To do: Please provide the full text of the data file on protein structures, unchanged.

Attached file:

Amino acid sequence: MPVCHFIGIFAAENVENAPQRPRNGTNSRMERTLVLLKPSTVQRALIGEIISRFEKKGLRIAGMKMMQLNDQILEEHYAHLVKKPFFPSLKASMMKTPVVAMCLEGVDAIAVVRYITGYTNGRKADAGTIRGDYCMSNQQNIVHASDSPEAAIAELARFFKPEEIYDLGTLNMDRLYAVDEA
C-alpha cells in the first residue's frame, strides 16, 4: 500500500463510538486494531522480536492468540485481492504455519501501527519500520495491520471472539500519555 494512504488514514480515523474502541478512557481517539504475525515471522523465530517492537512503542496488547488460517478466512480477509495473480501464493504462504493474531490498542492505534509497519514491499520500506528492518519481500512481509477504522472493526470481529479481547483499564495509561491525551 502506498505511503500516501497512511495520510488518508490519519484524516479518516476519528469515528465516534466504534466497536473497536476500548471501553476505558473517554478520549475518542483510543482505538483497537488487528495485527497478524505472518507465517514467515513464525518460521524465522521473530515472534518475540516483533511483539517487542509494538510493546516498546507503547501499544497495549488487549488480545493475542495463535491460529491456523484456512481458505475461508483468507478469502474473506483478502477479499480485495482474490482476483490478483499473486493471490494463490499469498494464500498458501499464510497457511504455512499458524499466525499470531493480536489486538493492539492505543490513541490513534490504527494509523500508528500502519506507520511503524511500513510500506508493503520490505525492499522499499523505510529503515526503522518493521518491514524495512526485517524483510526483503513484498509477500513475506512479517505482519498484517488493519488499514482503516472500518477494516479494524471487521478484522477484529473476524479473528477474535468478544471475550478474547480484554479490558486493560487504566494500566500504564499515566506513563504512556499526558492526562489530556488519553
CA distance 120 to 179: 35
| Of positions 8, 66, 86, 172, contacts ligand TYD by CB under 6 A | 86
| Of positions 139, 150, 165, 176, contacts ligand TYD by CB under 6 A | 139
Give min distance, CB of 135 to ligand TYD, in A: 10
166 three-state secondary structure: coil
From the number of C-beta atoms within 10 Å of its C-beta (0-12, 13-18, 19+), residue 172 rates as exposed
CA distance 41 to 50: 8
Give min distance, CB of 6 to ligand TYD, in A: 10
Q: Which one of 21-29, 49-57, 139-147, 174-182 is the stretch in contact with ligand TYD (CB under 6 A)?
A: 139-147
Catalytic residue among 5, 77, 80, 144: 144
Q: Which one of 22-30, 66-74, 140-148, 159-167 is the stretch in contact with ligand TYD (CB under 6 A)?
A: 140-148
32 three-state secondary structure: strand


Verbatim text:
Amino acid sequence: MPVCHFIGIFAAENVENAPQRPRNGTNSRMERTLVLLKPSTVQRALIGEIISRFEKKGLRIAGMKMMQLNDQILEEHYAHLVKKPFFPSLKASMMKTPVVAMCLEGVDAIAVVRYITGYTNGRKADAGTIRGDYCMSNQQNIVHASDSPEAAIAELARFFKPEEIYDLGTLNMDRLYAVDEA
C-alpha cells in the first residue's frame, strides 16, 4: 500500500463510538486494531522480536492468540485481492504455519501501527519500520495491520471472539500519555 494512504488514514480515523474502541478512557481517539504475525515471522523465530517492537512503542496488547488460517478466512480477509495473480501464493504462504493474531490498542492505534509497519514491499520500506528492518519481500512481509477504522472493526470481529479481547483499564495509561491525551 502506498505511503500516501497512511495520510488518508490519519484524516479518516476519528469515528465516534466504534466497536473497536476500548471501553476505558473517554478520549475518542483510543482505538483497537488487528495485527497478524505472518507465517514467515513464525518460521524465522521473530515472534518475540516483533511483539517487542509494538510493546516498546507503547501499544497495549488487549488480545493475542495463535491460529491456523484456512481458505475461508483468507478469502474473506483478502477479499480485495482474490482476483490478483499473486493471490494463490499469498494464500498458501499464510497457511504455512499458524499466525499470531493480536489486538493492539492505543490513541490513534490504527494509523500508528500502519506507520511503524511500513510500506508493503520490505525492499522499499523505510529503515526503522518493521518491514524495512526485517524483510526483503513484498509477500513475506512479517505482519498484517488493519488499514482503516472500518477494516479494524471487521478484522477484529473476524479473528477474535468478544471475550478474547480484554479490558486493560487504566494500566500504564499515566506513563504512556499526558492526562489530556488519553
CA distance 120 to 179: 35
| Of positions 8, 66, 86, 172, contacts ligand TYD by CB under 6 A | 86
| Of positions 139, 150, 165, 176, contacts ligand TYD by CB under 6 A | 139
Give min distance, CB of 135 to ligand TYD, in A: 10
166 three-state secondary structure: coil
From the number of C-beta atoms within 10 Å of its C-beta (0-12, 13-18, 19+), residue 172 rates as exposed
CA distance 41 to 50: 8
Give min distance, CB of 6 to ligand TYD, in A: 10
Q: Which one of 21-29, 49-57, 139-147, 174-182 is the stretch in contact with ligand TYD (CB under 6 A)?
A: 139-147
Catalytic residue among 5, 77, 80, 144: 144
Q: Which one of 22-30, 66-74, 140-148, 159-167 is the stretch in contact with ligand TYD (CB under 6 A)?
A: 140-148
32 three-state secondary structure: strand